Anti-mouth cancer chemo breakthrough

A potential development in mouth cancer treatment is to be welcomed, says the organiser of the annual Mouth Cancer Action Month campaign.

The British Dental Health Foundation has welcomed results of studies at the Albert Einstein College of Medicine of Yeshiva University*.

Research has suggested an anti-cancer compound could help treat mouth cancer, a disease which kills one person every five hours in the UK.

Studies showed that the compound killed off mouth cancer cells removed from head and neck cancer patients.

The new studies – found when scientists tested a drug for its effects on blood cancer and reported in yesterday’s online edition of the Journal of Pathology – will be hoped to mark a significant breakthrough.

The experimental drug involved new chemotherapy agents known as histone deacetylase (HDAC) inhibitors – which limit cell growth.

Lead researcher Richard Smith said: ‘This report shows that an HDAC inhibitor is effective on head and neck cancer cell lines, and that is the first step toward use in humans.’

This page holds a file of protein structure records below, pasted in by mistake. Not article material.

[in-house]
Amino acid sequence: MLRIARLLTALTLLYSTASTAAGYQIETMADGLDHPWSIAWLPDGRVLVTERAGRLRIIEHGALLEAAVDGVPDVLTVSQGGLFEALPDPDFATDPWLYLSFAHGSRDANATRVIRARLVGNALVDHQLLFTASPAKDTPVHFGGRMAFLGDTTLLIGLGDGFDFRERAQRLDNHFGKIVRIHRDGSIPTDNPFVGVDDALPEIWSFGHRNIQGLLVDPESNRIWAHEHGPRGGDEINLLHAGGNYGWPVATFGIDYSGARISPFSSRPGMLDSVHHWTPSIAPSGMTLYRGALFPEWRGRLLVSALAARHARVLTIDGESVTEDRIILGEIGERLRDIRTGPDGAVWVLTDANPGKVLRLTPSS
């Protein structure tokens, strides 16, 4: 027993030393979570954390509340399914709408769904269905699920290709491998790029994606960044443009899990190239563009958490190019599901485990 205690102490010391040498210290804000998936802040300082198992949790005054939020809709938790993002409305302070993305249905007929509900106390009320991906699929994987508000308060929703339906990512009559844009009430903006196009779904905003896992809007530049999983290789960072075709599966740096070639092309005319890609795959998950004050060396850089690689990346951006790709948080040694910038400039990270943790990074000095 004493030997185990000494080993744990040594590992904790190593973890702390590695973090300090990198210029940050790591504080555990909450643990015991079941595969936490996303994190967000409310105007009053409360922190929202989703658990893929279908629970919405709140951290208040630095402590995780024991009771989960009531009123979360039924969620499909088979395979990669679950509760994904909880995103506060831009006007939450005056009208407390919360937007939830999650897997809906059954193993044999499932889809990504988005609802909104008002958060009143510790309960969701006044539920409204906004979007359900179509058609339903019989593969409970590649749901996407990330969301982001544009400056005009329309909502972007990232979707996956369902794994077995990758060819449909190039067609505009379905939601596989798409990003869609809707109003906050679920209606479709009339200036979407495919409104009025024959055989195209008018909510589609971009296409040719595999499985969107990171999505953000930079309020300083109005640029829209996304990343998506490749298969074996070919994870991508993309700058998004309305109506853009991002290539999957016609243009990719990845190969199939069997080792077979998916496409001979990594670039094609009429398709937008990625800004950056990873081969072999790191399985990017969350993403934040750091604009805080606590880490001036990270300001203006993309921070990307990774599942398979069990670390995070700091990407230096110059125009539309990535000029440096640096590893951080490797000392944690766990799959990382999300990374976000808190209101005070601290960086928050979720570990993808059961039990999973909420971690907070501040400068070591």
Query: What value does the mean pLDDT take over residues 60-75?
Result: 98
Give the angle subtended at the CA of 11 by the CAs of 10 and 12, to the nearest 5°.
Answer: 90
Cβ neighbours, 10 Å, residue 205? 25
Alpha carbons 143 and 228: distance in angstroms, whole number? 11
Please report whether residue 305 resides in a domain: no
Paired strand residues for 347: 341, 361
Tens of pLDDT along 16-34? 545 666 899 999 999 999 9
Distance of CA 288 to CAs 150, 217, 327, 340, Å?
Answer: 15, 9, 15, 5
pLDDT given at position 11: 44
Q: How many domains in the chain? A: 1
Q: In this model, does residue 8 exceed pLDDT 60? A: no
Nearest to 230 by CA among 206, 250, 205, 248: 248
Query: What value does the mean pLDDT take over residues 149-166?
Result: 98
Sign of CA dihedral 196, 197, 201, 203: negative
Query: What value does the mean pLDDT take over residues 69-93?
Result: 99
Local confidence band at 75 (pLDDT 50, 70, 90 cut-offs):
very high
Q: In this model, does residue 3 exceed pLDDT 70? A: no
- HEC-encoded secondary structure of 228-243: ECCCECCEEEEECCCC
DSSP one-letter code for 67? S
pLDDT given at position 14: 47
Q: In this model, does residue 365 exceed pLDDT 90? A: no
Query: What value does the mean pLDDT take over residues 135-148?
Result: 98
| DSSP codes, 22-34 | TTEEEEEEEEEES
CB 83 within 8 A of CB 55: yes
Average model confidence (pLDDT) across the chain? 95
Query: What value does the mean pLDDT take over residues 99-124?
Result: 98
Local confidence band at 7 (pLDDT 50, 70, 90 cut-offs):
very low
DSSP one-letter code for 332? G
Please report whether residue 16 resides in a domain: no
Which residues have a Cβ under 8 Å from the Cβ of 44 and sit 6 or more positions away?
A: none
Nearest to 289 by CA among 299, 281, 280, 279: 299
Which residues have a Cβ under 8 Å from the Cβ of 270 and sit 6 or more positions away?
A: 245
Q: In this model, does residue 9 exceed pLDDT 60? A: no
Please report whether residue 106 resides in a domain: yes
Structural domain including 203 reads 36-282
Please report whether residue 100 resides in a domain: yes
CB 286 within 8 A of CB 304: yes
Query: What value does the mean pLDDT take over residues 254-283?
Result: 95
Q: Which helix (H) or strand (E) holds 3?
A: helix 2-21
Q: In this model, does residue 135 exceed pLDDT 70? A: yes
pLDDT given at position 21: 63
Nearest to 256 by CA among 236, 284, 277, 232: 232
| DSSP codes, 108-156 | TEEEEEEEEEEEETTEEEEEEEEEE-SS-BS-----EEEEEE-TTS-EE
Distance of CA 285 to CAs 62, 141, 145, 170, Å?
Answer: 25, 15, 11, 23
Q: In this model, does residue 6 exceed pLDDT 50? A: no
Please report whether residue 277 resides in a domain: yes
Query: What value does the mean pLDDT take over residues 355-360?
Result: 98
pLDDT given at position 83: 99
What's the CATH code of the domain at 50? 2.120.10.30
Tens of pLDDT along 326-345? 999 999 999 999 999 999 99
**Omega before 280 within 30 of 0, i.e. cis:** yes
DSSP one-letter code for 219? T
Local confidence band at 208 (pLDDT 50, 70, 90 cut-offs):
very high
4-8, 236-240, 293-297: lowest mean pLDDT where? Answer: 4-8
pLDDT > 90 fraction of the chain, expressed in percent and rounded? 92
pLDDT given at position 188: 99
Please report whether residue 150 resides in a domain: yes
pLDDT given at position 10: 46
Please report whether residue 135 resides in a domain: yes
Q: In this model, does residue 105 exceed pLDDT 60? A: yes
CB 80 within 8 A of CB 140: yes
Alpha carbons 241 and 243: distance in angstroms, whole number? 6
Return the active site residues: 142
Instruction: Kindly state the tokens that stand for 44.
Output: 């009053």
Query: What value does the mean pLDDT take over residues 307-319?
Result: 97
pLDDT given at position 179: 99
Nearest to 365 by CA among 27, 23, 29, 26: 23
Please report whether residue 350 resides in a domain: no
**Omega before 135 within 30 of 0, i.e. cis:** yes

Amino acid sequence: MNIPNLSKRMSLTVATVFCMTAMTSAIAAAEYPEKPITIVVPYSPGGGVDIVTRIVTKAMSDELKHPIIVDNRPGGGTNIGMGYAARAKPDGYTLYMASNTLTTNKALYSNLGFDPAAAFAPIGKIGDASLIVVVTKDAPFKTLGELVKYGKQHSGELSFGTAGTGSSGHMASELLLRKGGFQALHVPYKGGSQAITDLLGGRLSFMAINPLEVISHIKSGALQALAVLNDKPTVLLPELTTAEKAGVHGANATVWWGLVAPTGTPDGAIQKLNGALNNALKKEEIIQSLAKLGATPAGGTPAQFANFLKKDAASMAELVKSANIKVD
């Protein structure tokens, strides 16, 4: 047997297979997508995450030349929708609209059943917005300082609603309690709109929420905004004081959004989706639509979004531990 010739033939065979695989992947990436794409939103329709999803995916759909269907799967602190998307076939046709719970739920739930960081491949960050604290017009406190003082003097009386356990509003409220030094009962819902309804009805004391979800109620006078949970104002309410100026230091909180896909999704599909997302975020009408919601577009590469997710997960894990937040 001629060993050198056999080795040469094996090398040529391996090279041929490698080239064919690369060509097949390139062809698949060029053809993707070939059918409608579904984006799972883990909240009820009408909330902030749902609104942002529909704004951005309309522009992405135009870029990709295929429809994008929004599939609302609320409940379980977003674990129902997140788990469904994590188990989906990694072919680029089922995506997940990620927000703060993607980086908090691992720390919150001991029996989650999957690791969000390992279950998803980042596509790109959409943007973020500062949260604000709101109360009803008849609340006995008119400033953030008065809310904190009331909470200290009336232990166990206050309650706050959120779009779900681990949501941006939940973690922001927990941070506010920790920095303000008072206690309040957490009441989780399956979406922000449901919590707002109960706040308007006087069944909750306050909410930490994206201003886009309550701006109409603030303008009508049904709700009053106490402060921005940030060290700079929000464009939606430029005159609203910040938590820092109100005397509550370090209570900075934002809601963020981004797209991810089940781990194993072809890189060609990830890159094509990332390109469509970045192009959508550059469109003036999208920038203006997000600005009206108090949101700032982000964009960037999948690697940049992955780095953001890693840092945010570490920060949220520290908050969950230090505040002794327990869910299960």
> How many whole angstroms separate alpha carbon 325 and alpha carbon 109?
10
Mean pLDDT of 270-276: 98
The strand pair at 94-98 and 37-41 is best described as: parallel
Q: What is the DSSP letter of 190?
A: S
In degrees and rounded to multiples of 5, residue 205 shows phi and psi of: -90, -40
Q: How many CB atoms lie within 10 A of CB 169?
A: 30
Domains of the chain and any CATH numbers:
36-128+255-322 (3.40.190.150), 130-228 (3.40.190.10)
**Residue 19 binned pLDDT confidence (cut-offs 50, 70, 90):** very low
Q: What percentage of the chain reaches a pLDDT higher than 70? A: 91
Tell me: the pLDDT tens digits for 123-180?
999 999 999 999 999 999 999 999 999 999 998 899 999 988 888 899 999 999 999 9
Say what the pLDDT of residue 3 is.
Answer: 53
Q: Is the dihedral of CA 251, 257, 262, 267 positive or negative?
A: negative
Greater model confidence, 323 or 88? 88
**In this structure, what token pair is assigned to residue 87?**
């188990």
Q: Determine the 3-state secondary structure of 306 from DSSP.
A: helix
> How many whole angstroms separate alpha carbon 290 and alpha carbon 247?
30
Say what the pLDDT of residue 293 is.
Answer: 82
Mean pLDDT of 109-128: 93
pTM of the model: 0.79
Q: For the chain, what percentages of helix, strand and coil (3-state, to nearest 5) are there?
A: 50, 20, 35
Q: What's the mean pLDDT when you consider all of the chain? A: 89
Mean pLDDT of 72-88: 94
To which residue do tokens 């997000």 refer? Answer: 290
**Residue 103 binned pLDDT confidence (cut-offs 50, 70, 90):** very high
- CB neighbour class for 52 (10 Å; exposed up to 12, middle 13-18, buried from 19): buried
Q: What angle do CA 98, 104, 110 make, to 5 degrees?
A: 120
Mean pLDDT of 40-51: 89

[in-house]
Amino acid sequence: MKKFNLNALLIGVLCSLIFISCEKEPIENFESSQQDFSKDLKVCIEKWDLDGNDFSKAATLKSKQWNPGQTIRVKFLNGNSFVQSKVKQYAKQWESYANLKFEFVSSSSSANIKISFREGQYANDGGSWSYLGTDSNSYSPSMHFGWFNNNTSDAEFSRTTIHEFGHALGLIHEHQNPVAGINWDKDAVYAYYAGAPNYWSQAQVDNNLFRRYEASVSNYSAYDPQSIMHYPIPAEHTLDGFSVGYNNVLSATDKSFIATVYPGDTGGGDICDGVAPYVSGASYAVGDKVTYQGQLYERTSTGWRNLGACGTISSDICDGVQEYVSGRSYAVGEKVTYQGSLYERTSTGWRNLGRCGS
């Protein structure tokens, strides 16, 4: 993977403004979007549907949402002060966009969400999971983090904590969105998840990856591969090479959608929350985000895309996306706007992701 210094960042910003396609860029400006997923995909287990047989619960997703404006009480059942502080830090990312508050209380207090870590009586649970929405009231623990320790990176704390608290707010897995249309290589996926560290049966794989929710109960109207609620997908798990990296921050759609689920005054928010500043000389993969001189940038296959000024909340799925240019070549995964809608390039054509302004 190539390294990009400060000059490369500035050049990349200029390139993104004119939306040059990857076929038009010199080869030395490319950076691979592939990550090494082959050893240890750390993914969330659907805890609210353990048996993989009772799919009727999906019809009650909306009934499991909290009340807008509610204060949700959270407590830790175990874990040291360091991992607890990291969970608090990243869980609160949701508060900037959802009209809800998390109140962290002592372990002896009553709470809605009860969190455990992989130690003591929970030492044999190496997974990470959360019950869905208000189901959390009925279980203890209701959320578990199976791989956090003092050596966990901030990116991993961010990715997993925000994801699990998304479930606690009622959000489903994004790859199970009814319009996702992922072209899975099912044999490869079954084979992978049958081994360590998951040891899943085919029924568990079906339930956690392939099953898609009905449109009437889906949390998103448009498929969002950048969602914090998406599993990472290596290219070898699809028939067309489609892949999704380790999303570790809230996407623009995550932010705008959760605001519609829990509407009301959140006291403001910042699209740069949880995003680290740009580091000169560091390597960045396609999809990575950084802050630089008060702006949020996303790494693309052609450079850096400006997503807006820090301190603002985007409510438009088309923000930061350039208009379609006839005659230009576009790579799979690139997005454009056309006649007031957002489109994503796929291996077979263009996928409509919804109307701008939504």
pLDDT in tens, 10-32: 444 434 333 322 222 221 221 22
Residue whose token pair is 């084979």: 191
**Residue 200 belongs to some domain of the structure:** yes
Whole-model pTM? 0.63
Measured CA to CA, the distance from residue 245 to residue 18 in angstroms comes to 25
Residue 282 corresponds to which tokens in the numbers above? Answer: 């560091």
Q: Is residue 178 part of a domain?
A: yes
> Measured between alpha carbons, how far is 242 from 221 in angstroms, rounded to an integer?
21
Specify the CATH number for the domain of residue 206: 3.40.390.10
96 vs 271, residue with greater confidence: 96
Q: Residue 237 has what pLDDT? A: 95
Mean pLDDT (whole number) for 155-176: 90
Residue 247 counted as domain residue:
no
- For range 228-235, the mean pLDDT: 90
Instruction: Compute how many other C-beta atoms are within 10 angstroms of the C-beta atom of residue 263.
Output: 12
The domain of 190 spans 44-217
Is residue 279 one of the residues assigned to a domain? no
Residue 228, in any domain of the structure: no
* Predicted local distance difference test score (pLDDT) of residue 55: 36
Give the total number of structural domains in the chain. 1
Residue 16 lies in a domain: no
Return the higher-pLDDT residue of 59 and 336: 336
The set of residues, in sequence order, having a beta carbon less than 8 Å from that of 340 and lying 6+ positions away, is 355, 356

Foundation chief executive Dr Nigel Carter said: ‘Such news, though very early days, is to be welcomed as the low long-term survival rate from mouth cancer makes the disease one of the deadliest.

‘Currently the best chance of beating the cancer comes from early detection, improving survival rates to more than 90%, so it is important to follow the slogan of the Mouth Cancer Action Month campaign: “If in doubt, get checked out.”

‘Though this research could prove important it is vital that dentists and health professionals continue to perform oral screenings and educate on how to look out for signs of oral cancer.  Maintaining a healthy diet and lifestyle also helps to prevent problems developing.’

Research has recently suggested that the human papillomavirus (HPV). transmitted via oral sex, could soon become most common causes of the disease.

Mouth Cancer Action Month 2009 takes place 1-30 November. For more information, go online at www.mouthcancer.org or call the National Dental Helpline on 0845 063 1188.

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